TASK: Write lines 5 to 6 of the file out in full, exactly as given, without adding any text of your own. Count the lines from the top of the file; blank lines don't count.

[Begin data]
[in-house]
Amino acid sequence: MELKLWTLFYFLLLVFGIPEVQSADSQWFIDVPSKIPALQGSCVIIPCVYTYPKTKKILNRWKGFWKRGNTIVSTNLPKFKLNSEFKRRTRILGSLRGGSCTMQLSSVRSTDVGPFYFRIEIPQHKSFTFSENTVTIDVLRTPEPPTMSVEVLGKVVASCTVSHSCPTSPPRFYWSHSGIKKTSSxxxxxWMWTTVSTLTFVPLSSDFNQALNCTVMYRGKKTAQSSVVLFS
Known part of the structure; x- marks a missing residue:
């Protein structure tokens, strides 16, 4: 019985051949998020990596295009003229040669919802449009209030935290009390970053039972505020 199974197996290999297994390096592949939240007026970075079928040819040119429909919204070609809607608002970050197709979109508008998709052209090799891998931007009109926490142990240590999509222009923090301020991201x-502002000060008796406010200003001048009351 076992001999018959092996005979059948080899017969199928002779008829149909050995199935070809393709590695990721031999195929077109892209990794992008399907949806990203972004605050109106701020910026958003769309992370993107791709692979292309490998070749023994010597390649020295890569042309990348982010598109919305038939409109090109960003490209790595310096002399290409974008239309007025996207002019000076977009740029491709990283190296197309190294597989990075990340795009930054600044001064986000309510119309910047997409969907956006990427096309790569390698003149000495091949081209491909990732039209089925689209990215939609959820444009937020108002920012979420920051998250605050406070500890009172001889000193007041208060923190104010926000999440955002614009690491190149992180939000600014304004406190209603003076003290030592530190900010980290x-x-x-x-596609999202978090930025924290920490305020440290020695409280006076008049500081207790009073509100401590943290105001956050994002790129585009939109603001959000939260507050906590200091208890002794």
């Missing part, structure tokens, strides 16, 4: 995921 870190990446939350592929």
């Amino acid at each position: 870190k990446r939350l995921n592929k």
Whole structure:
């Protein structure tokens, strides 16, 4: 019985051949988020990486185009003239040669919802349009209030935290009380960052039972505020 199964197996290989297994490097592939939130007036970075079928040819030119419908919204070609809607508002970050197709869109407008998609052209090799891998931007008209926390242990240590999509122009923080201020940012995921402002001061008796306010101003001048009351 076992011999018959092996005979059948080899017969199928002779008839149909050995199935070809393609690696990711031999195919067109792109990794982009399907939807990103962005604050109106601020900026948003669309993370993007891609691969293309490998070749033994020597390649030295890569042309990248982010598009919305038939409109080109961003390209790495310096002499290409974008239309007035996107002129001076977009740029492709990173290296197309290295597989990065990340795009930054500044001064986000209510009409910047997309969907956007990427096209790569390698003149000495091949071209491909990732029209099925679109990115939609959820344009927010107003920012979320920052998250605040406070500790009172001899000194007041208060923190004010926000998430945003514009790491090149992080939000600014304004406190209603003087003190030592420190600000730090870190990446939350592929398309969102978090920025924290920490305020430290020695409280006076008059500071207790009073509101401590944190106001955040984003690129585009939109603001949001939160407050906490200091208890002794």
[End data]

């Missing part, structure tokens, strides 16, 4: 995921 870190990446939350592929």
């Amino acid at each position: 870190k990446r939350l995921n592929k």